Curved detachable magazines held either 10 or 20 rounds. Three-position select fire between safe, single shot, and full auto, the Skorpion could fire off 20-rounds at a rate of 850-rounds per minute cyclic. A spring-loaded rate-reducer hidden behind the wooden pistol grip is responsible for keeping the rate of fire out of the unmanageable 1100+ rpm arena such as on the MAC 10 and the later Beretta 93R.
At 44-ounces, the Skorpion was still a hoss of a pistol but was capable of being carried in a proper piece of leather on a thick belt with the smaller magazine inserted. For comparison, the Hi-Point JHP-45 tips the scales at 42 and the Ruger Redhawk comes in at 48.
Adopted in 1961, it is officially designated the Vz.61, with Vz being short for the check ‘Vzor’ (model). Later models, the Vz. 68 (chambered in 9×19mm Parabellum) the Vz. 65 9×18mm Makarov) and the Vz.64 (chambered in .380 ACP ) used the same design as the standard Skorpion with the exception that barrels and actions are chambered for the larger cartridges.
The Skorpion made it to production by 1963 and was issued to across the Czech military to both special operations/commando/ paratrooper types as well as to support troops such as clerks, truck drivers, and commo guys. While augmented and largely replaced by short-barreled carbines, the Skorpion variants are still in the arsenals of many former
Serbian Special Unit JSO with Zasatva Skorpion.
communist countries and their trading partners. As these included both Iraq and Afghanistan, the Czech pistol has been encountered in both places by US troops in recent decades.
While not official-issue, several were acquired by the Soviets who not only used them in their Spetsnaz units but also passed sterile models along to terrorist groups they financed. The Skorpion was most notoriously used in the dirty hands of these terrorists like Carlos the Jackal, the Baader-Meinhof gang, and others. Just the thing for a terrorist to smuggle past an entry control point, these brutally strong, covert weapons were almost a status symbol of the well-equipped 1970s radical. Still making news with other unsavory characters, in 2012 it was the finding of a suppressed Skorpion in the UK that helped land a Russian underworld crime group in hot water, resulting in 31 years in Her Majesty’s prison system for many.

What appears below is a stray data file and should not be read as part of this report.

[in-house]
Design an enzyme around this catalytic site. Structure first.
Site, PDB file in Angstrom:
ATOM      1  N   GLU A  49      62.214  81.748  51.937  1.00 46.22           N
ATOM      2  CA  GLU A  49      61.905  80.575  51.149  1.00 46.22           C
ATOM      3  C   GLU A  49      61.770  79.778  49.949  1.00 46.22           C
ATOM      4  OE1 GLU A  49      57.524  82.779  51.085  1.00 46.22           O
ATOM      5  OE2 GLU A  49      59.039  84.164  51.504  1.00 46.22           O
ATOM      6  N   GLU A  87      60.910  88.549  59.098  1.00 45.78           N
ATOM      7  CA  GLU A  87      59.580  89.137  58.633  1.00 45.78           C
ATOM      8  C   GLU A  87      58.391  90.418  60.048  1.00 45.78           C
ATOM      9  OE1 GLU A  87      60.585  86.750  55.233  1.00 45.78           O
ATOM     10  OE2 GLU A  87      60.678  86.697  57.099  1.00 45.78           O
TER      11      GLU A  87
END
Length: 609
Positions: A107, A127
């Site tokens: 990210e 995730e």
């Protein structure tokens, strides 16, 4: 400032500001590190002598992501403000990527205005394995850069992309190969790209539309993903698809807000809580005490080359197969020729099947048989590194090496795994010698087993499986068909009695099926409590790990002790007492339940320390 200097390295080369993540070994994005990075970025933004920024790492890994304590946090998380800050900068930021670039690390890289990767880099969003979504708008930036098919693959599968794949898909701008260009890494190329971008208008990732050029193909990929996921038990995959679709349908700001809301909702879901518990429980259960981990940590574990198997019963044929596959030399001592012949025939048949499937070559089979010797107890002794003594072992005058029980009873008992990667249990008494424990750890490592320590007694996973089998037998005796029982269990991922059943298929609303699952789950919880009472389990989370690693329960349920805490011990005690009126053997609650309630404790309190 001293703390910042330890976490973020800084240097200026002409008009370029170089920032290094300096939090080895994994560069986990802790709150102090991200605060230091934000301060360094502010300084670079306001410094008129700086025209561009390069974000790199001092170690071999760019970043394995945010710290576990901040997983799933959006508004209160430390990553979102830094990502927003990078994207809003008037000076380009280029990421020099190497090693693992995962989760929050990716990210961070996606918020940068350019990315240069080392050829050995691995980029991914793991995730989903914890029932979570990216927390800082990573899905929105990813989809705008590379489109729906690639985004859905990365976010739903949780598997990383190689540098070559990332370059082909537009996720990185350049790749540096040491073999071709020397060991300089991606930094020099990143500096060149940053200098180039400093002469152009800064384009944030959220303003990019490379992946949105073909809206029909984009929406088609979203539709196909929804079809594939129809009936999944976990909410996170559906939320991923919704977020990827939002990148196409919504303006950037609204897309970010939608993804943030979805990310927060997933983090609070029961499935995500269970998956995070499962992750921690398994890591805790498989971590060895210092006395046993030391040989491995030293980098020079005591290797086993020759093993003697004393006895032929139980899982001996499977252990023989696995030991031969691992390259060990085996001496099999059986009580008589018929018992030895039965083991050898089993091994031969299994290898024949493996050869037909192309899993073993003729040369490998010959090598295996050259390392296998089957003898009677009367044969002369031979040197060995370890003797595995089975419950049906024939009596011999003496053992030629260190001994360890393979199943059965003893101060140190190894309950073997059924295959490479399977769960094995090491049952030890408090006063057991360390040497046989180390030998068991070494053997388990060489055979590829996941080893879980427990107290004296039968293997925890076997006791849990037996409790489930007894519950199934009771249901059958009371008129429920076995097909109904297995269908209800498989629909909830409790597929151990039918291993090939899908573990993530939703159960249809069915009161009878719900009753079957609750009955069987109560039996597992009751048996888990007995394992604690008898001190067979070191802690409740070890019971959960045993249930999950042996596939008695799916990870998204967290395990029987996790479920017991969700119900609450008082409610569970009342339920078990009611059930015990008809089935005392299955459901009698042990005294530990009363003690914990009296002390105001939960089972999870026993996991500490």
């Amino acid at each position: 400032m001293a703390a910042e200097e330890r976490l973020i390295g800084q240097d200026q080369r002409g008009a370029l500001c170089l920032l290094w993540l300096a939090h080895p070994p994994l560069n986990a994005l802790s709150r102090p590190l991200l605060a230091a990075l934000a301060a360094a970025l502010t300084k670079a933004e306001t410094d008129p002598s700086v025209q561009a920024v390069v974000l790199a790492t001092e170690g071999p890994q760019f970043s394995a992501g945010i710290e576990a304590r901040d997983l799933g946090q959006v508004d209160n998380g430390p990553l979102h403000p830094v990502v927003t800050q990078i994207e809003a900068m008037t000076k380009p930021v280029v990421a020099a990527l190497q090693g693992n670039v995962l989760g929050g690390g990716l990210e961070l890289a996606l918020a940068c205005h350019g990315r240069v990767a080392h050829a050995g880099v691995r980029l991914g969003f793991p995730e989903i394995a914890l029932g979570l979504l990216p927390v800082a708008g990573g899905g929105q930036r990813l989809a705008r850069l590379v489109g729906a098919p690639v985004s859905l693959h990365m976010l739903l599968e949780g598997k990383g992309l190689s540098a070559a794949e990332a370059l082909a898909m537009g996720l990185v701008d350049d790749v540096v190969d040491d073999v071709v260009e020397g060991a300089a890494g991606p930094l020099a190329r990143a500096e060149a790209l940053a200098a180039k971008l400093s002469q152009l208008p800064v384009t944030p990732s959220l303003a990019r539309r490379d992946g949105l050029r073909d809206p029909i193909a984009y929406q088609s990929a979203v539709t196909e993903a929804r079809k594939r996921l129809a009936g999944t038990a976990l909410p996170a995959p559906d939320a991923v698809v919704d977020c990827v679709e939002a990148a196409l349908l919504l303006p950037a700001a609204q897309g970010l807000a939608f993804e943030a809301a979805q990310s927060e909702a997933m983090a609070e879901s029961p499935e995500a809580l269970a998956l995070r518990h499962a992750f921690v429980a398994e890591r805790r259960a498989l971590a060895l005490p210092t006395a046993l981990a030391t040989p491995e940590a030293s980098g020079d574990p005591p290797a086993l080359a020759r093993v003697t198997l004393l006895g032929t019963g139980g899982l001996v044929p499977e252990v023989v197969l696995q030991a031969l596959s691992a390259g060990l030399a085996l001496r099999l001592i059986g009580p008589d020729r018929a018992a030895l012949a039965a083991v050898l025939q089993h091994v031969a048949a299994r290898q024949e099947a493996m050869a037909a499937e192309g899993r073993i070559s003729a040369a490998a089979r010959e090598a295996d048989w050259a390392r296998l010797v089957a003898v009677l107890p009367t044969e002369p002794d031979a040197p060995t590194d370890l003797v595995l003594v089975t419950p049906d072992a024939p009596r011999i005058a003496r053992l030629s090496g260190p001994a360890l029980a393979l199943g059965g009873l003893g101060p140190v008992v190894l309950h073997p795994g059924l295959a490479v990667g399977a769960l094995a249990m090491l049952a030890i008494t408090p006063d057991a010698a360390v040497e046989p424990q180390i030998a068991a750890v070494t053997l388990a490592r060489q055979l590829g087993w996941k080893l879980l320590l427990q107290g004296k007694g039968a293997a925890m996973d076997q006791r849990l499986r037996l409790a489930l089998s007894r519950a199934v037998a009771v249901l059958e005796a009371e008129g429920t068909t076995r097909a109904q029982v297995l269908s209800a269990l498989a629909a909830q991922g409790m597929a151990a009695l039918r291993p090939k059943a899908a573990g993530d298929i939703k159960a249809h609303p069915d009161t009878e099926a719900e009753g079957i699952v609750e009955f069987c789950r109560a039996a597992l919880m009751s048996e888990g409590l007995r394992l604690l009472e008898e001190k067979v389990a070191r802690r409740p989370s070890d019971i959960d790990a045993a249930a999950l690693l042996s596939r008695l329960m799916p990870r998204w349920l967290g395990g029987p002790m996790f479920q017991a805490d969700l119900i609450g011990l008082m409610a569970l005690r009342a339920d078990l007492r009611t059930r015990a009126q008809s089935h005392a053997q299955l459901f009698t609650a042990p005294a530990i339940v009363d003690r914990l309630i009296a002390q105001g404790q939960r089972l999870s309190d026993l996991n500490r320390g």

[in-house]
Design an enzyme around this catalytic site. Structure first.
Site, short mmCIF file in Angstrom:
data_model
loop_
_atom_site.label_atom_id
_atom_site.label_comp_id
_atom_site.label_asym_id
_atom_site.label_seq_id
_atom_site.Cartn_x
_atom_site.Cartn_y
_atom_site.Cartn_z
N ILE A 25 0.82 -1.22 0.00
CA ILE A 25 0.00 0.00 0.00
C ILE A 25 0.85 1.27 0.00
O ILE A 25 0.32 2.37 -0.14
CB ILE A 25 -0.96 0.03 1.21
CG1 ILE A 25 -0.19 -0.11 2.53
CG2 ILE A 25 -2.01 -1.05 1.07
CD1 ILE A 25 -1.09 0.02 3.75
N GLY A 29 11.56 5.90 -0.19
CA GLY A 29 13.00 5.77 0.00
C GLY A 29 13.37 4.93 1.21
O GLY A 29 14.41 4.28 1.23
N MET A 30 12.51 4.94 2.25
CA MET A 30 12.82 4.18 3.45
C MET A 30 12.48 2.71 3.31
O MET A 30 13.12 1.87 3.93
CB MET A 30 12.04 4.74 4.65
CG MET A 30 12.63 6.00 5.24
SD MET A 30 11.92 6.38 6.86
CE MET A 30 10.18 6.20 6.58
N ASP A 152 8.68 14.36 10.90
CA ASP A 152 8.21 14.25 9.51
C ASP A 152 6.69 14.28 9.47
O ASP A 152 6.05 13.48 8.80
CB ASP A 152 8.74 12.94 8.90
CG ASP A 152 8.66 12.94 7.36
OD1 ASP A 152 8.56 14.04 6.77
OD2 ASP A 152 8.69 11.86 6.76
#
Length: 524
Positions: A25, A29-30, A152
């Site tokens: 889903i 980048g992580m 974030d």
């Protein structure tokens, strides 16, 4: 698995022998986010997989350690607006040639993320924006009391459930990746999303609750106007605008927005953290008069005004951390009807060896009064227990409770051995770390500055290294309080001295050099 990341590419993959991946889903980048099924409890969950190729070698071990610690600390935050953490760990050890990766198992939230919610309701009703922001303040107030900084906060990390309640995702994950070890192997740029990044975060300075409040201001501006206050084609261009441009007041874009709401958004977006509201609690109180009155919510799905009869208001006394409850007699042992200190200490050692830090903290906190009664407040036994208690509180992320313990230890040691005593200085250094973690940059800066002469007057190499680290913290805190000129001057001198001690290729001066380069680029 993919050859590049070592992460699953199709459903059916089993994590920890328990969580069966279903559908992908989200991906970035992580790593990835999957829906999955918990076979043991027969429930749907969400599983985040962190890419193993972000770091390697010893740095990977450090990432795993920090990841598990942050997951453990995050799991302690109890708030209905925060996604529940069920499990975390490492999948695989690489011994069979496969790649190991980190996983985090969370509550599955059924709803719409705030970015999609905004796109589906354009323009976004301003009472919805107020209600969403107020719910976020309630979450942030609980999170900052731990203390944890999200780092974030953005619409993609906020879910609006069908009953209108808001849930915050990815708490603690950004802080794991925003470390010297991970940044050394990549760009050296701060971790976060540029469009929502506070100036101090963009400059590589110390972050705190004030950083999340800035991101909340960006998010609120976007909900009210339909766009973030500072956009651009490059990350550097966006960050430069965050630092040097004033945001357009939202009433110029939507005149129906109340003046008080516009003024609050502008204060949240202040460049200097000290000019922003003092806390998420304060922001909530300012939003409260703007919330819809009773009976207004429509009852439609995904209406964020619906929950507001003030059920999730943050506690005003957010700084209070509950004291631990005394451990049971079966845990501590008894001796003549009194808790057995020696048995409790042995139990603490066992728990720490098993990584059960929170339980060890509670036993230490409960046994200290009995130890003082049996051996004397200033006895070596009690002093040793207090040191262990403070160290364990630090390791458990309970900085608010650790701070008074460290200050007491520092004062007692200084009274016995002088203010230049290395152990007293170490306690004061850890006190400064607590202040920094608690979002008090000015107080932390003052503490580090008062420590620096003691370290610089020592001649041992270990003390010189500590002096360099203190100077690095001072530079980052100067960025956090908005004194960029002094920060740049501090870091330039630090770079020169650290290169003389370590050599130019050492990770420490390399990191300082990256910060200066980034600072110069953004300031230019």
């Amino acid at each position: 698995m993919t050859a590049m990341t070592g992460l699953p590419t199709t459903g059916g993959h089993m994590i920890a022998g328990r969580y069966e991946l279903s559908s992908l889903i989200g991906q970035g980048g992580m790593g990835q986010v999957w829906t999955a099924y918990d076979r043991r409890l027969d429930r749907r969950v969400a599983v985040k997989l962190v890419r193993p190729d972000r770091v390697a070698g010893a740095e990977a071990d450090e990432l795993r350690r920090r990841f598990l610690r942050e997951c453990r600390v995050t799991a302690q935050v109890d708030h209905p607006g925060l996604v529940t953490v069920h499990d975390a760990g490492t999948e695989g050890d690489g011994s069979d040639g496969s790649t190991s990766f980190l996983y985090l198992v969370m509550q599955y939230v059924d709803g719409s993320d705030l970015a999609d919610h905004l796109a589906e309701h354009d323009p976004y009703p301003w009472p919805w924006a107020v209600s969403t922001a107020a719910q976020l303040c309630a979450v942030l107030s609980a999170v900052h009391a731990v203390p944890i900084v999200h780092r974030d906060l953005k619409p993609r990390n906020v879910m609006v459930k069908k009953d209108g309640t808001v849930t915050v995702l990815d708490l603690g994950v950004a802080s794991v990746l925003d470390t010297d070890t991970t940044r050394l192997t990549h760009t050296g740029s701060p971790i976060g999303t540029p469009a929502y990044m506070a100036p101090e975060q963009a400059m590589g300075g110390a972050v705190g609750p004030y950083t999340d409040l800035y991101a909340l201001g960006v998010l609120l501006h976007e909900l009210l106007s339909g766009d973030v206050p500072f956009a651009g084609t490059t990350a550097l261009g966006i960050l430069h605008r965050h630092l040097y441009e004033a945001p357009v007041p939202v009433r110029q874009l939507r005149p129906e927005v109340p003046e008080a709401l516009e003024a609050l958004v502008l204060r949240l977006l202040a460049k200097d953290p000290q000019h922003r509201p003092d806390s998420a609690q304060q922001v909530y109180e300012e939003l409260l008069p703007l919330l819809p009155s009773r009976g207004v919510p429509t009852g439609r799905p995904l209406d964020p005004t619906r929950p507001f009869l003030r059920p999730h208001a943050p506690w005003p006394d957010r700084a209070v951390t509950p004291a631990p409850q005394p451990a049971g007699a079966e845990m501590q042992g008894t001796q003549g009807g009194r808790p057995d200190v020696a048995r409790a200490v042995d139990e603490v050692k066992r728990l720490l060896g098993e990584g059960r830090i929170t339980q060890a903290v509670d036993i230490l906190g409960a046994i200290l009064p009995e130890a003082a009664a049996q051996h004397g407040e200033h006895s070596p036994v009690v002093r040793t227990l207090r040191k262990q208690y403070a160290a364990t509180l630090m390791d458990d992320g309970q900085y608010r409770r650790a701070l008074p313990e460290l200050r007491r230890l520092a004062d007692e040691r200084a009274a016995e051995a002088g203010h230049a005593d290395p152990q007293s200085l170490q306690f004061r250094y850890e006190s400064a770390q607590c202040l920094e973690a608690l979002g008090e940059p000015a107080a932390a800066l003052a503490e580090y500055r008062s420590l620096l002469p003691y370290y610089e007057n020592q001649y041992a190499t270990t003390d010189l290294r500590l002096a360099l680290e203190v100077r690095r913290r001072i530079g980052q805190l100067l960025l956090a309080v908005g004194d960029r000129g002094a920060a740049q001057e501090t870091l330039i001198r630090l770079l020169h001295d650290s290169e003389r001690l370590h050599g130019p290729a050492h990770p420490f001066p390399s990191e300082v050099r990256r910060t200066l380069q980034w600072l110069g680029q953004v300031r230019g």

CZ still makes Skorpions in a 9x19mm semi-auto version with strait rather than curved magazines and plastic rather than wooden furniture for export sales. The gun is furthermore still in production by the Serbian firm of Zastava Arms as the M84 in both select-fire and semi-auto varieties.
While a few NFA Class III Skorpions in various calibers and models are in the US, being both select fire and considered a short barreled rifle (SBR) gives it a double whammy when it comes to lowly peasant civilian sales.
9mm Skorpion with plastic grips.
In the 1990s a large quantity of semi-auto only pistols without buttstocks were brought into the country. Made by D-Technik AS, these were imported from Czech Republic and sold with holsters, spare mags, etc. for about $400-500. While reliable figures cannot be obtained as to how many were brought in, there seems to be enough that these guns pop up regularly on the surplus market for roughly the same amount these days.
The only problem with these guns in the US is it seems there is always a short supply of affordable .32ACP rounds in comparison to 9mm. Nevertheless, since 2009 Czech Point seems to be the primary player in Skorpion distribution now in the US.